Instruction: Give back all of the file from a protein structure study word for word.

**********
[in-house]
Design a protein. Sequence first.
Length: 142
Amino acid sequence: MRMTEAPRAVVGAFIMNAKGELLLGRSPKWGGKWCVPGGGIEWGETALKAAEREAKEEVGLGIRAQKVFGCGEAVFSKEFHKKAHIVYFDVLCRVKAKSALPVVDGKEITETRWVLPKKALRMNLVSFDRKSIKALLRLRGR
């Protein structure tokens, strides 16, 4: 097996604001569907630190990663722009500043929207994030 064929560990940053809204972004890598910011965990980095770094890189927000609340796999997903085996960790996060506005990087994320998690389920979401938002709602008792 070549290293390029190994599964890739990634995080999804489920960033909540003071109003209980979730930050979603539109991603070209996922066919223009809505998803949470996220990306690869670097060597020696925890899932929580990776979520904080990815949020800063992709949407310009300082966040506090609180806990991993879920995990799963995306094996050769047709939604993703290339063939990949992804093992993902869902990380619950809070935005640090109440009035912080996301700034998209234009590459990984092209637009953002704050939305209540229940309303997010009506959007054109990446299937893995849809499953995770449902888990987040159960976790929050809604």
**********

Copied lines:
[in-house]
Design a protein. Sequence first.
Length: 142
Amino acid sequence: MRMTEAPRAVVGAFIMNAKGELLLGRSPKWGGKWCVPGGGIEWGETALKAAEREAKEEVGLGIRAQKVFGCGEAVFSKEFHKKAHIVYFDVLCRVKAKSALPVVDGKEITETRWVLPKKALRMNLVSFDRKSIKALLRLRGR
């Protein structure tokens, strides 16, 4: 097996604001569907630190990663722009500043929207994030 064929560990940053809204972004890598910011965990980095770094890189927000609340796999997903085996960790996060506005990087994320998690389920979401938002709602008792 070549290293390029190994599964890739990634995080999804489920960033909540003071109003209980979730930050979603539109991603070209996922066919223009809505998803949470996220990306690869670097060597020696925890899932929580990776979520904080990815949020800063992709949407310009300082966040506090609180806990991993879920995990799963995306094996050769047709939604993703290339063939990949992804093992993902869902990380619950809070935005640090109440009035912080996301700034998209234009590459990984092209637009953002704050939305209540229940309303997010009506959007054109990446299937893995849809499953995770449902888990987040159960976790929050809604």